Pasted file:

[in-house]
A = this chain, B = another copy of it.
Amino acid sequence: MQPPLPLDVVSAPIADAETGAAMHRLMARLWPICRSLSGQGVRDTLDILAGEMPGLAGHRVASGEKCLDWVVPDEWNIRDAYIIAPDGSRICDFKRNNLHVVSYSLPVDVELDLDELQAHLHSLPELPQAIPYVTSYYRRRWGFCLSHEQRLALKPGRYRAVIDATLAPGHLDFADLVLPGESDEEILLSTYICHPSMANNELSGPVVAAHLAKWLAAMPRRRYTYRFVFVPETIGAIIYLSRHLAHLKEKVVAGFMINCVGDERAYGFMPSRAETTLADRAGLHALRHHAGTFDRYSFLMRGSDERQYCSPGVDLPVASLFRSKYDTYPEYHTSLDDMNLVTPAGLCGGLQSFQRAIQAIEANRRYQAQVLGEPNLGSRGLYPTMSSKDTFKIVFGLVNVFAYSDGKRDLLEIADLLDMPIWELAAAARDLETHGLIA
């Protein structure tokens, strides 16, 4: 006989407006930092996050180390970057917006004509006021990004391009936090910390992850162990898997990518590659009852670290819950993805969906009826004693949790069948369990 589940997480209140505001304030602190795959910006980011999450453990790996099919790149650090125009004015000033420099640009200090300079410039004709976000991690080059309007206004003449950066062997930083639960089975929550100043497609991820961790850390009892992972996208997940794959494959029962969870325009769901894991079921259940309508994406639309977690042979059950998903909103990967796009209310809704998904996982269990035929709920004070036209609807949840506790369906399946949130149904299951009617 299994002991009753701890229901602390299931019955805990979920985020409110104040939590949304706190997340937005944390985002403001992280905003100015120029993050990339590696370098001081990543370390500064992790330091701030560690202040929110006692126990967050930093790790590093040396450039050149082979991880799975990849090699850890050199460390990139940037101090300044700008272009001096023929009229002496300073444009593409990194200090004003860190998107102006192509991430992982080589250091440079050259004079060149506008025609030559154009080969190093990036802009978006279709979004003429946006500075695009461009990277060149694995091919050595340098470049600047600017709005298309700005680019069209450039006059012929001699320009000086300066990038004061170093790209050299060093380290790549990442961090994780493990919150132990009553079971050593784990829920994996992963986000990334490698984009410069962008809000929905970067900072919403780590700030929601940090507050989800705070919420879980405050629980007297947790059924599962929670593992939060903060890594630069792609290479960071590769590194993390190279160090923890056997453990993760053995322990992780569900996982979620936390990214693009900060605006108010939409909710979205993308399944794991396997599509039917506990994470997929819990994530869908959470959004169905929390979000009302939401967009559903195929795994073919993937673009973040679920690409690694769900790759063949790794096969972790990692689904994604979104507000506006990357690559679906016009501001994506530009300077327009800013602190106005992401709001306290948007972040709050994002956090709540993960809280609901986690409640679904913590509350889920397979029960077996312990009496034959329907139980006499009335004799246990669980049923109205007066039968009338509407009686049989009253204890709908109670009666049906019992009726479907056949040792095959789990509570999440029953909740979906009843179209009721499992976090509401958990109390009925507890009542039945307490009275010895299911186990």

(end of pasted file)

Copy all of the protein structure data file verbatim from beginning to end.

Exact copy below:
[in-house]
A = this chain, B = another copy of it.
Amino acid sequence: MQPPLPLDVVSAPIADAETGAAMHRLMARLWPICRSLSGQGVRDTLDILAGEMPGLAGHRVASGEKCLDWVVPDEWNIRDAYIIAPDGSRICDFKRNNLHVVSYSLPVDVELDLDELQAHLHSLPELPQAIPYVTSYYRRRWGFCLSHEQRLALKPGRYRAVIDATLAPGHLDFADLVLPGESDEEILLSTYICHPSMANNELSGPVVAAHLAKWLAAMPRRRYTYRFVFVPETIGAIIYLSRHLAHLKEKVVAGFMINCVGDERAYGFMPSRAETTLADRAGLHALRHHAGTFDRYSFLMRGSDERQYCSPGVDLPVASLFRSKYDTYPEYHTSLDDMNLVTPAGLCGGLQSFQRAIQAIEANRRYQAQVLGEPNLGSRGLYPTMSSKDTFKIVFGLVNVFAYSDGKRDLLEIADLLDMPIWELAAAARDLETHGLIA
């Protein structure tokens, strides 16, 4: 006989407006930092996050180390970057917006004509006021990004391009936090910390992850162990898997990518590659009852670290819950993805969906009826004693949790069948369990 589940997480209140505001304030602190795959910006980011999450453990790996099919790149650090125009004015000033420099640009200090300079410039004709976000991690080059309007206004003449950066062997930083639960089975929550100043497609991820961790850390009892992972996208997940794959494959029962969870325009769901894991079921259940309508994406639309977690042979059950998903909103990967796009209310809704998904996982269990035929709920004070036209609807949840506790369906399946949130149904299951009617 299994002991009753701890229901602390299931019955805990979920985020409110104040939590949304706190997340937005944390985002403001992280905003100015120029993050990339590696370098001081990543370390500064992790330091701030560690202040929110006692126990967050930093790790590093040396450039050149082979991880799975990849090699850890050199460390990139940037101090300044700008272009001096023929009229002496300073444009593409990194200090004003860190998107102006192509991430992982080589250091440079050259004079060149506008025609030559154009080969190093990036802009978006279709979004003429946006500075695009461009990277060149694995091919050595340098470049600047600017709005298309700005680019069209450039006059012929001699320009000086300066990038004061170093790209050299060093380290790549990442961090994780493990919150132990009553079971050593784990829920994996992963986000990334490698984009410069962008809000929905970067900072919403780590700030929601940090507050989800705070919420879980405050629980007297947790059924599962929670593992939060903060890594630069792609290479960071590769590194993390190279160090923890056997453990993760053995322990992780569900996982979620936390990214693009900060605006108010939409909710979205993308399944794991396997599509039917506990994470997929819990994530869908959470959004169905929390979000009302939401967009559903195929795994073919993937673009973040679920690409690694769900790759063949790794096969972790990692689904994604979104507000506006990357690559679906016009501001994506530009300077327009800013602190106005992401709001306290948007972040709050994002956090709540993960809280609901986690409640679904913590509350889920397979029960077996312990009496034959329907139980006499009335004799246990669980049923109205007066039968009338509407009686049989009253204890709908109670009666049906019992009726479907056949040792095959789990509570999440029953909740979906009843179209009721499992976090509401958990109390009925507890009542039945307490009275010895299911186990």